September 7, 2016 | 8:00 am | By Pants Up Easy
As a wheelchair user, you know better than anyone else how many additional challenges there are in your “new normal”. Not the least of these is the extremely common activity of transferring on and off your wheelchair. It’s something that you do multiple times every day, when you go to the bathroom, bathe, get in and out of a car, and more. Yet, it doesn’t really seem to become less awkward, and there is indeed some danger in the process. To keep the process as safe as possible, avoid doing the following whenever you transfer:
Please don’t take any chances by trying to transfer before the wheelchair is completely stationary, and locked in place. You don’t want to think about what could happen if the chair rolled out from under you just as you’re shifting your weight to get on or off. Make sure the brakes are firmly in place. You may have grown comfortable maneuvering your wheelchair, and feel in control of it. But why take a chance when there’s a real safety risk.
We use the term “support” in a variety of different ways on this blog, but in this case I’m not talking about moral support or peer groups. You need something to grab onto, and that needs to be something solid and stable. As a general rule, you’ll want to keep one hand on one of the armrests or another part of the wheelchair. This leaves the other hand free to use to further stabilize yourself.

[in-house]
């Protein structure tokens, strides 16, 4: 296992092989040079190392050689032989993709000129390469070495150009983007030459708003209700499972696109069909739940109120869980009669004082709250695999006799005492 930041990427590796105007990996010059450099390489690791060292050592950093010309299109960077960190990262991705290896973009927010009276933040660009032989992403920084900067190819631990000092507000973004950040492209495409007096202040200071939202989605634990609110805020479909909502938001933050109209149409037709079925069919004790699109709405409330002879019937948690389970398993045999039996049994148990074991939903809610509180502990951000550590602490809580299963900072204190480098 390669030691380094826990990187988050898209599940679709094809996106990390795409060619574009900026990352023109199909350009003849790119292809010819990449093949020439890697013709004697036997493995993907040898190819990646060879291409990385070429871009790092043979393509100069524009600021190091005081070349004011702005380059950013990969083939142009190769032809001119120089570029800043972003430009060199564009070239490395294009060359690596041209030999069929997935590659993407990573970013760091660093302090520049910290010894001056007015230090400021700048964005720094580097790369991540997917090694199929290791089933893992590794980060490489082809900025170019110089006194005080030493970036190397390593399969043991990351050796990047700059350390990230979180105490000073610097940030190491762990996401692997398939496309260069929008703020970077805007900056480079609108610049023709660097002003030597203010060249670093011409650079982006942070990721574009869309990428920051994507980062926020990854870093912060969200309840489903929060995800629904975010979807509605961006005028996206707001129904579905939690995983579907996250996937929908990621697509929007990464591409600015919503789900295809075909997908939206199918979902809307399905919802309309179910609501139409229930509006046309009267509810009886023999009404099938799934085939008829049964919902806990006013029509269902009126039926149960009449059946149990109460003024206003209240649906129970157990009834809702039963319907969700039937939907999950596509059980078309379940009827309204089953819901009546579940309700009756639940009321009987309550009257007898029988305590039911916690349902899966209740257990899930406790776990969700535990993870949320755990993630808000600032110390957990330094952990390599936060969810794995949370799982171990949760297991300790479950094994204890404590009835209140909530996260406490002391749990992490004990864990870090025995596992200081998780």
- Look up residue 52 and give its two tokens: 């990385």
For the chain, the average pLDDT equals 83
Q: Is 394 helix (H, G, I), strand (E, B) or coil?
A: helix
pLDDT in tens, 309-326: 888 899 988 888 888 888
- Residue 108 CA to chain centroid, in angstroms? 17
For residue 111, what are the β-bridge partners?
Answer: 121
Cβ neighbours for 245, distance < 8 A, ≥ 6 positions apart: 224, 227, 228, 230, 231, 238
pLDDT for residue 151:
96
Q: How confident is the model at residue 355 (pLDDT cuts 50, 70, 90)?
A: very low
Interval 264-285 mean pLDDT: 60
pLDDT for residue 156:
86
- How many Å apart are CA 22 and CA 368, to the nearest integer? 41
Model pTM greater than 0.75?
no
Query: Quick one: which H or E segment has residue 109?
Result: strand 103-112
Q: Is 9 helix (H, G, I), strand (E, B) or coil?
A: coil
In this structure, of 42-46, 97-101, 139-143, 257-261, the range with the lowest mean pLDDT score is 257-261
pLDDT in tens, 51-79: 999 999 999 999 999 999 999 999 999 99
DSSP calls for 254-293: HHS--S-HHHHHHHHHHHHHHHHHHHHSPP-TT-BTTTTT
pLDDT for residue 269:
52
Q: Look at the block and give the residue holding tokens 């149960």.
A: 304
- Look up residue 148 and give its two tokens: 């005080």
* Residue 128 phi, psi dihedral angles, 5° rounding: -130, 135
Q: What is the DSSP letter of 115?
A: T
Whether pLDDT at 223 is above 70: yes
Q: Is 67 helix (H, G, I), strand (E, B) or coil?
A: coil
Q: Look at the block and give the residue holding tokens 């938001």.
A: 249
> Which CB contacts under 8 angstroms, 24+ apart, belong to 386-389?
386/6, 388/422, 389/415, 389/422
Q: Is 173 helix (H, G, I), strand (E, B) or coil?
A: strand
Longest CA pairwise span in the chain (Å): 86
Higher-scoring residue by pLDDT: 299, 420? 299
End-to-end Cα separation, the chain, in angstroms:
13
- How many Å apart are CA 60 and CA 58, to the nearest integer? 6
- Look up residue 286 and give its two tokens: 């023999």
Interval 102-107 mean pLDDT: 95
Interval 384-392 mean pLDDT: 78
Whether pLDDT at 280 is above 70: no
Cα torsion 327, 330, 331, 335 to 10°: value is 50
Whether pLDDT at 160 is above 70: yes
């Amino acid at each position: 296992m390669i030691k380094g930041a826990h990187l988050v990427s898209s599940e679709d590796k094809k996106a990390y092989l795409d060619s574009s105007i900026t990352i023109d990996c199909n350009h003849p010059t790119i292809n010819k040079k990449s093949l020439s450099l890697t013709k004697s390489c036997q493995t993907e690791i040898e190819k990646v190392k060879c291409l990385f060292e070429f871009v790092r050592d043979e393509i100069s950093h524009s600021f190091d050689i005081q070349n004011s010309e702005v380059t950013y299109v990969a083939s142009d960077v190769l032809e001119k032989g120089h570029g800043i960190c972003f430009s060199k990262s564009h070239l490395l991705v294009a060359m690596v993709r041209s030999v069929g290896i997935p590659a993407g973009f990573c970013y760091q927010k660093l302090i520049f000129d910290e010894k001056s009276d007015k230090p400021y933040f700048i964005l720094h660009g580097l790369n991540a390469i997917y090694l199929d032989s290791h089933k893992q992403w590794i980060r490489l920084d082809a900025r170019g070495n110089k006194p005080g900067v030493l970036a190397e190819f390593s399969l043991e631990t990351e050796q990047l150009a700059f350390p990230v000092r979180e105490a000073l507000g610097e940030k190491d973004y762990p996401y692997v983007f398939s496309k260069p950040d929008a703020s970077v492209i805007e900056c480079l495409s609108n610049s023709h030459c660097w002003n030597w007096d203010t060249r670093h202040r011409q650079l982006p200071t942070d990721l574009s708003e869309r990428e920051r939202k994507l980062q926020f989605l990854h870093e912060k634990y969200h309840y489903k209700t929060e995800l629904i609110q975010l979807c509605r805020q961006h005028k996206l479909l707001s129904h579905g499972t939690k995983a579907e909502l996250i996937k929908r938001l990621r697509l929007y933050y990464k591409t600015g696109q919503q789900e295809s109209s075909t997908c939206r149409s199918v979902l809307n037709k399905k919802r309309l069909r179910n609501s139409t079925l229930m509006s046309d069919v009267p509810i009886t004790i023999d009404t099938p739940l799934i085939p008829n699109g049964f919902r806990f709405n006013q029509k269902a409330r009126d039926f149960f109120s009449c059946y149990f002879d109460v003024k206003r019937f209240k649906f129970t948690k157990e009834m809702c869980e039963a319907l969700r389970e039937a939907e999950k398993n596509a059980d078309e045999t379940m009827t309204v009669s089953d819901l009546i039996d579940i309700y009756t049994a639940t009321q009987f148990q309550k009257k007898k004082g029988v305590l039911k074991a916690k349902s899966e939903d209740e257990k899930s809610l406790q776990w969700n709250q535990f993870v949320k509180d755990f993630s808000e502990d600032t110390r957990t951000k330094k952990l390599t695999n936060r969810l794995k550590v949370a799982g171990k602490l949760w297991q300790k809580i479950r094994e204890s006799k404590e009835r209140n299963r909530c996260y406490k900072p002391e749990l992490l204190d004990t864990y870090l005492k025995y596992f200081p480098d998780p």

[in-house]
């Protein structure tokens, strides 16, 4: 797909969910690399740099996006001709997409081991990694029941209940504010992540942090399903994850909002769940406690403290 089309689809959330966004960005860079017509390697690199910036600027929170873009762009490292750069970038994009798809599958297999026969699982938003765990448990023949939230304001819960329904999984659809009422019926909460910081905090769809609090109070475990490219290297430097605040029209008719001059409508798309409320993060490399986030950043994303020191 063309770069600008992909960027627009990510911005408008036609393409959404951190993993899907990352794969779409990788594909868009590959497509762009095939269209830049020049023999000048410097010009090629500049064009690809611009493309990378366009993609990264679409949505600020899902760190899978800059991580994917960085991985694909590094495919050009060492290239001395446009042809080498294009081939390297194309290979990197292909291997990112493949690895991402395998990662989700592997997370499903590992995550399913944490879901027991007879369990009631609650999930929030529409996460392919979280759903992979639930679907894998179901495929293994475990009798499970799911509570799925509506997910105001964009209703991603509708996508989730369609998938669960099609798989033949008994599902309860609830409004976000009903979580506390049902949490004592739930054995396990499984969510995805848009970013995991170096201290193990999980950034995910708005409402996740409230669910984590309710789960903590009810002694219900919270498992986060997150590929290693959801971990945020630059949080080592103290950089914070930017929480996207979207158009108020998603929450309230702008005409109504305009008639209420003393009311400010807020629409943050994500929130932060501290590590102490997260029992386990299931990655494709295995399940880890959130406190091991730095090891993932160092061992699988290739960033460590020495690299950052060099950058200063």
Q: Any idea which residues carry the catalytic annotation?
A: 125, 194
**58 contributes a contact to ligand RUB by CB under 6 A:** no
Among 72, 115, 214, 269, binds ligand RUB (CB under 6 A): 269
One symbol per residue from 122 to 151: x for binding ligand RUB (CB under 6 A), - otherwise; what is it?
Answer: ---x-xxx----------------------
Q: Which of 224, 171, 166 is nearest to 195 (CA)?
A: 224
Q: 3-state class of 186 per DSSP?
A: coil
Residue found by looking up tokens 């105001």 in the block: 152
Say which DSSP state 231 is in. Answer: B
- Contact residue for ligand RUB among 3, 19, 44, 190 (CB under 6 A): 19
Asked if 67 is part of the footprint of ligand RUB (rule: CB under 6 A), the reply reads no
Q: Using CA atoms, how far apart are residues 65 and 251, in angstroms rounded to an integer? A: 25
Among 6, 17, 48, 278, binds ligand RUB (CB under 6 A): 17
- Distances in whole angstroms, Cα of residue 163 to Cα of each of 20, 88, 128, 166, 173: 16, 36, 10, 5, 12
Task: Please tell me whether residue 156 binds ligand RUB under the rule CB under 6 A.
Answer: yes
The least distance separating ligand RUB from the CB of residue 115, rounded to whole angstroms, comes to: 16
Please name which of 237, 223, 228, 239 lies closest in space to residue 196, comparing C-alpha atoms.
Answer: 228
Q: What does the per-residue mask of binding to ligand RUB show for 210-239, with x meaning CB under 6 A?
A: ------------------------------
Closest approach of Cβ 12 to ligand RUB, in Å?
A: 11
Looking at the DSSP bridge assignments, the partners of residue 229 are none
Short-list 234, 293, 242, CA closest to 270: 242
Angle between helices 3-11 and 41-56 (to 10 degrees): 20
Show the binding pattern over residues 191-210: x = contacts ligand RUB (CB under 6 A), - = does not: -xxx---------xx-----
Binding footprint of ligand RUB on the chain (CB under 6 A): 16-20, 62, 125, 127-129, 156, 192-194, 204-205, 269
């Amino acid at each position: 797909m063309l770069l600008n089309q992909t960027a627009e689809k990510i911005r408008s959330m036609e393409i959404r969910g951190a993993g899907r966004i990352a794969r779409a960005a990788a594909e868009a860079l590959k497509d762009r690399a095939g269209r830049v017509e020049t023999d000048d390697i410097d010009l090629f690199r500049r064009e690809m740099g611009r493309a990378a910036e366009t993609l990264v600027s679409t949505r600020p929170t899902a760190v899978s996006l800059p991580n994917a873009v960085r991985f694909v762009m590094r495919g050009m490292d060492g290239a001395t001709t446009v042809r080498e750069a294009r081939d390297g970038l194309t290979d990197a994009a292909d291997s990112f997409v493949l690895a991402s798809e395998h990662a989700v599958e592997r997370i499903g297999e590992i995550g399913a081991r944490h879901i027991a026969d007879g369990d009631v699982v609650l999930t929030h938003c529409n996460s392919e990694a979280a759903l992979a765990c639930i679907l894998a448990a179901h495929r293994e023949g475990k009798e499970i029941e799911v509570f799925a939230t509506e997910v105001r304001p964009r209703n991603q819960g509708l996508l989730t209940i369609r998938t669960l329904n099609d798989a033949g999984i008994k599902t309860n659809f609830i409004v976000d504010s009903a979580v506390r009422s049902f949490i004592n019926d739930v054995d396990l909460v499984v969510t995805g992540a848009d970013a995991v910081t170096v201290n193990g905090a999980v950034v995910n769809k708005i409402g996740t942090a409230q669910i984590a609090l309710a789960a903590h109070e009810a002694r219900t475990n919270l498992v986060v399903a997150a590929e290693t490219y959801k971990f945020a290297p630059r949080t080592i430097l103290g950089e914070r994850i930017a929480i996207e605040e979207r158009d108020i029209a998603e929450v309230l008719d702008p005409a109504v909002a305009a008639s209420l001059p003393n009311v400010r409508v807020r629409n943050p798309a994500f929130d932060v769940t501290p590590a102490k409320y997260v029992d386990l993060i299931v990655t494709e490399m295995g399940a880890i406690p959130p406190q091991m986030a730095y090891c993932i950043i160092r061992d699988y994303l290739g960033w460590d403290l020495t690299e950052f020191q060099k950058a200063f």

It’s not an uncommon mistake among new wheelchair users. But if your wheelchair is facing head-on at the place you’re moving to, it’s going to be an awkward transfer and will require you to turn around as you maneuver to the target spot. It’s vastly preferable to come at the target at an angle, with one armrest close to the target. From this position, you can use that armrest to help propel you along your way.
This may be even more of a concern for experienced users than new ones. Once you get the hang of the process and feel comfortable with it, you may develop a false sense of confidence, and be inclined to rush through it. The last thing you need to do is make a hasty transfer, before you’ve made sure that the wheelchair is stable, or before you’ve checked thoroughly for any obstacles that could present danger. Slow and steady is certainly the key to a safe transfer.
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